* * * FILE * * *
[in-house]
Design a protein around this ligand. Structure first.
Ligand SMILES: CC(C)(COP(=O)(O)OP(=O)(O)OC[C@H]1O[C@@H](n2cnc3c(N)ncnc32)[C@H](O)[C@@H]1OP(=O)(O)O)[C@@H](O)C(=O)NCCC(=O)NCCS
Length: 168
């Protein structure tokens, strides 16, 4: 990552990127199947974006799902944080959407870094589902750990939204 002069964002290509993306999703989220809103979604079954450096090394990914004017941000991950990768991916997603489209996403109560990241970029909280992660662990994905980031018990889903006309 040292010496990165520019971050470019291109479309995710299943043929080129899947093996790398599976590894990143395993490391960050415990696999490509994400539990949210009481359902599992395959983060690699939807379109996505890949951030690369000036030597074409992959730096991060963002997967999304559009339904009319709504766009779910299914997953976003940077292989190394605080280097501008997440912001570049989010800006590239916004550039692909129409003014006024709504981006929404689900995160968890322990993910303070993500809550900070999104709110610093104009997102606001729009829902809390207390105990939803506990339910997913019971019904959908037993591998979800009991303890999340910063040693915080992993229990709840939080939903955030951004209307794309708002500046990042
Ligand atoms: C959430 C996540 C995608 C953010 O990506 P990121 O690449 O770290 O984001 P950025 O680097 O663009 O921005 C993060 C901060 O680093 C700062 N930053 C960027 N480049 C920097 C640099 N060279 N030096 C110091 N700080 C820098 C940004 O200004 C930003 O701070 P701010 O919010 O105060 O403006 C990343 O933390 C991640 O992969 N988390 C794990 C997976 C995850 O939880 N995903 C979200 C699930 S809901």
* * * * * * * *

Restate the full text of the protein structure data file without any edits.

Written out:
[in-house]
Design a protein around this ligand. Structure first.
Ligand SMILES: CC(C)(COP(=O)(O)OP(=O)(O)OC[C@H]1O[C@@H](n2cnc3c(N)ncnc32)[C@H](O)[C@@H]1OP(=O)(O)O)[C@@H](O)C(=O)NCCC(=O)NCCS
Length: 168
């Protein structure tokens, strides 16, 4: 990552990127199947974006799902944080959407870094589902750990939204 002069964002290509993306999703989220809103979604079954450096090394990914004017941000991950990768991916997603489209996403109560990241970029909280992660662990994905980031018990889903006309 040292010496990165520019971050470019291109479309995710299943043929080129899947093996790398599976590894990143395993490391960050415990696999490509994400539990949210009481359902599992395959983060690699939807379109996505890949951030690369000036030597074409992959730096991060963002997967999304559009339904009319709504766009779910299914997953976003940077292989190394605080280097501008997440912001570049989010800006590239916004550039692909129409003014006024709504981006929404689900995160968890322990993910303070993500809550900070999104709110610093104009997102606001729009829902809390207390105990939803506990339910997913019971019904959908037993591998979800009991303890999340910063040693915080992993229990709840939080939903955030951004209307794309708002500046990042
Ligand atoms: C959430 C996540 C995608 C953010 O990506 P990121 O690449 O770290 O984001 P950025 O680097 O663009 O921005 C993060 C901060 O680093 C700062 N930053 C960027 N480049 C920097 C640099 N060279 N030096 C110091 N700080 C820098 C940004 O200004 C930003 O701070 P701010 O919010 O105060 O403006 C990343 O933390 C991640 O992969 N988390 C794990 C997976 C995850 O939880 N995903 C979200 C699930 S809901």